Biden’s ambitious COVID plan: what scientists think


From vaccines to testing, the strategy pledges to follow the science — but researchers still anticipate a tough road ahead.

Smarter testing, faster vaccinations and health equity are cornerstones of the 200-page COVID-19 strategy released by US President Joe Biden’s administration on 21 January, just before the country surpassed 420,000 deaths due to the coronavirus. The plan pledges to “listen to science” — a shift from the approach of former president Donald Trump, who, at times, politicized scientific evidence and ignored public-health recommendations.

Many researchers posted messages on Twitter expressing relief that scientific evidence would have a central role in Biden’s plan. They also celebrated the existence of a coordinated national pandemic strategy, after complaining that Trump’s failure to enact one impaired testing, tracing and other responses required to tame the outbreak.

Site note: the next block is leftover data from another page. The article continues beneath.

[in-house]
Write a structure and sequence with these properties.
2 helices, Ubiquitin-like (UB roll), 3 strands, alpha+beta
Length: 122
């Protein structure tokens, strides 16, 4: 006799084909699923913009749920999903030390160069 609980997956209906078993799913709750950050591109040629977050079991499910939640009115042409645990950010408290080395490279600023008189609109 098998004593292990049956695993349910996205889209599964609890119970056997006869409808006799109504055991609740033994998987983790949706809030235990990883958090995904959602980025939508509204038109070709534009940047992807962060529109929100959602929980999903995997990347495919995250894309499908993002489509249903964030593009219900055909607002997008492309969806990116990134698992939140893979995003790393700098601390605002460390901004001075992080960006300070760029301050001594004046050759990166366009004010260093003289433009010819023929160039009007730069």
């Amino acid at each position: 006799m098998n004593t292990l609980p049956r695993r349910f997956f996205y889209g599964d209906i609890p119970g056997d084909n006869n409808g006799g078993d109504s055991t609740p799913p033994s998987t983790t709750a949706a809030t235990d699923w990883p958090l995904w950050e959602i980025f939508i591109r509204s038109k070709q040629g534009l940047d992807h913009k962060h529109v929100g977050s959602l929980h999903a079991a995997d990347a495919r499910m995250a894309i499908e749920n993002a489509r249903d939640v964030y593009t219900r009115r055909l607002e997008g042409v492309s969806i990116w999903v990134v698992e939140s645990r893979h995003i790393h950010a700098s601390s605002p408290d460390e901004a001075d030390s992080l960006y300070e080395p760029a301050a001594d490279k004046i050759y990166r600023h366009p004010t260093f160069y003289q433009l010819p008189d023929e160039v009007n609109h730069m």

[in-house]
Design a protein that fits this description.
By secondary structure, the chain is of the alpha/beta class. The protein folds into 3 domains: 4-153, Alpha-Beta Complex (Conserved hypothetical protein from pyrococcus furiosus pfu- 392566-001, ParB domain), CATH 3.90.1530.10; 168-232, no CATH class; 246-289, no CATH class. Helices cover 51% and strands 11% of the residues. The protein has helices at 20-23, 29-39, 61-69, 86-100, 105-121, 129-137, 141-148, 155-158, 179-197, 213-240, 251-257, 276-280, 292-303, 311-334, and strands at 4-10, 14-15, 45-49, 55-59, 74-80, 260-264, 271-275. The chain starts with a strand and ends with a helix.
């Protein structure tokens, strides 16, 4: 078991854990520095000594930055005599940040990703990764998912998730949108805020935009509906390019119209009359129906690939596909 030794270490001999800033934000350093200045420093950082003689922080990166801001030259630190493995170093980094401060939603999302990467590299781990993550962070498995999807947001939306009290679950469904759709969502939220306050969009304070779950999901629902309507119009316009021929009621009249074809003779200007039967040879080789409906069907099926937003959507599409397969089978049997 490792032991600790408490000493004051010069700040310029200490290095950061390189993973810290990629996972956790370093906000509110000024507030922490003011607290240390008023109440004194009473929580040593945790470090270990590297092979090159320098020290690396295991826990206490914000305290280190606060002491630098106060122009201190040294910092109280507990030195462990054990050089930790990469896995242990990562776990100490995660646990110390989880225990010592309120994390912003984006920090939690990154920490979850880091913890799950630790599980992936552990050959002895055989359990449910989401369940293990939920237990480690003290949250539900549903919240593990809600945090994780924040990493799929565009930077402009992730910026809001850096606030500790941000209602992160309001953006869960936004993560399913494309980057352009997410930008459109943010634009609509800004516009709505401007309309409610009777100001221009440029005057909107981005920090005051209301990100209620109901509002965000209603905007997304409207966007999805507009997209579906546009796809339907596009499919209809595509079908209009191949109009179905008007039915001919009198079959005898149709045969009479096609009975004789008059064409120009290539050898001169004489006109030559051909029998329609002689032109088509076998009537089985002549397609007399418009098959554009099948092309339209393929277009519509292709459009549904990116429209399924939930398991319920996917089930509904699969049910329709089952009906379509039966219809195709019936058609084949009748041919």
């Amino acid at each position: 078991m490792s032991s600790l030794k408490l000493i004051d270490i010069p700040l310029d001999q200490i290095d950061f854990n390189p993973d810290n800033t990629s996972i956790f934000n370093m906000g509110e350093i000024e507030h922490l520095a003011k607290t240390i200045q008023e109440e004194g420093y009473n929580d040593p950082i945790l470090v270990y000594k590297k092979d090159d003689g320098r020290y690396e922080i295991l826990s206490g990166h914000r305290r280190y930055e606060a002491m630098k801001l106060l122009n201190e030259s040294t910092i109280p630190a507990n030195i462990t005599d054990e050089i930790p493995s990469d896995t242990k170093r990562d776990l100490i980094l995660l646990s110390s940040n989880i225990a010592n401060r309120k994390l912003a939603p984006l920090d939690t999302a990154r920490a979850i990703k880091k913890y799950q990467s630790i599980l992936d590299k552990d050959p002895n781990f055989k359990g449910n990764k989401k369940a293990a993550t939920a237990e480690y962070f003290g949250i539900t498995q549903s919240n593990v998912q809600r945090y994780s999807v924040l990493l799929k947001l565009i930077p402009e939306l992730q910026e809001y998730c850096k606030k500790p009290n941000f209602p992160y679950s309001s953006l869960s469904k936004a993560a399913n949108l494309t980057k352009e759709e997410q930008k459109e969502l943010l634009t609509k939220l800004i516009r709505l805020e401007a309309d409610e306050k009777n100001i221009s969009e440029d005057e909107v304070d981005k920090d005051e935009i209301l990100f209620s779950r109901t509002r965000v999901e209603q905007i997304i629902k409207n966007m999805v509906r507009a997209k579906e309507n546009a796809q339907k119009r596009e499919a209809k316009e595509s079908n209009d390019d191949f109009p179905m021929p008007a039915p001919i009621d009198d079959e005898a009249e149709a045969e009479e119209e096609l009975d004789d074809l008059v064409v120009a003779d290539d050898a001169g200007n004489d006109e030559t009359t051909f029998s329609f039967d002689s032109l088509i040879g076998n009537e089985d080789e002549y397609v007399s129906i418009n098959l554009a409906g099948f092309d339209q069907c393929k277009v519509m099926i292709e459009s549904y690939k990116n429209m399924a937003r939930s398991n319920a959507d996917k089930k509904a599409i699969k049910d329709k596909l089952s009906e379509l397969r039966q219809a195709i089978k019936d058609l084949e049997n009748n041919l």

“This marks a pretty radical shift,” says J. Stephen Morrison, director of global health policy at the Center for Strategic and International Studies in Washington DC, who compares Biden’s strategy to a wartime national mobilization.

The speedy posting of a federal plan bodes well, says Janet Hamilton, the executive director of the Council of State and Territorial Epidemiologists, based in Atlanta, Georgia. “We are really pleased to see the release of a national strategy to ensure we have a coordinated path forward,” she says.

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